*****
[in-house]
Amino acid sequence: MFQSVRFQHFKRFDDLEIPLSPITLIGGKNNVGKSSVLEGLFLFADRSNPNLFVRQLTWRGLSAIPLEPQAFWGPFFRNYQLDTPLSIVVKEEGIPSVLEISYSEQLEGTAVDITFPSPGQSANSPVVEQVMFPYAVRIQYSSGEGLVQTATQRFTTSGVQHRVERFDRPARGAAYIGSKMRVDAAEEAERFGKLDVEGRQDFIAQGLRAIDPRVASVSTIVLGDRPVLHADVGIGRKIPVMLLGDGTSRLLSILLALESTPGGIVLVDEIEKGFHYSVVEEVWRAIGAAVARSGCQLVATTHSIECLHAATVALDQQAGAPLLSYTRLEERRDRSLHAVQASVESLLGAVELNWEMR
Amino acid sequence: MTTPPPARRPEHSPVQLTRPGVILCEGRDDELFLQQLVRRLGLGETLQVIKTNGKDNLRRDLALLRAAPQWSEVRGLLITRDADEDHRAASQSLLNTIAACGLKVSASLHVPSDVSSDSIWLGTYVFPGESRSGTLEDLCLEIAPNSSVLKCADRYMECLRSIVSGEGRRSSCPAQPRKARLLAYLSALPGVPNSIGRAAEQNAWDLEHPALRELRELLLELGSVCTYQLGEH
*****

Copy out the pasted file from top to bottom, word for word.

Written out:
[in-house]
Amino acid sequence: MFQSVRFQHFKRFDDLEIPLSPITLIGGKNNVGKSSVLEGLFLFADRSNPNLFVRQLTWRGLSAIPLEPQAFWGPFFRNYQLDTPLSIVVKEEGIPSVLEISYSEQLEGTAVDITFPSPGQSANSPVVEQVMFPYAVRIQYSSGEGLVQTATQRFTTSGVQHRVERFDRPARGAAYIGSKMRVDAAEEAERFGKLDVEGRQDFIAQGLRAIDPRVASVSTIVLGDRPVLHADVGIGRKIPVMLLGDGTSRLLSILLALESTPGGIVLVDEIEKGFHYSVVEEVWRAIGAAVARSGCQLVATTHSIECLHAATVALDQQAGAPLLSYTRLEERRDRSLHAVQASVESLLGAVELNWEMR
Amino acid sequence: MTTPPPARRPEHSPVQLTRPGVILCEGRDDELFLQQLVRRLGLGETLQVIKTNGKDNLRRDLALLRAAPQWSEVRGLLITRDADEDHRAASQSLLNTIAACGLKVSASLHVPSDVSSDSIWLGTYVFPGESRSGTLEDLCLEIAPNSSVLKCADRYMECLRSIVSGEGRRSSCPAQPRKARLLAYLSALPGVPNSIGRAAEQNAWDLEHPALRELRELLLELGSVCTYQLGEH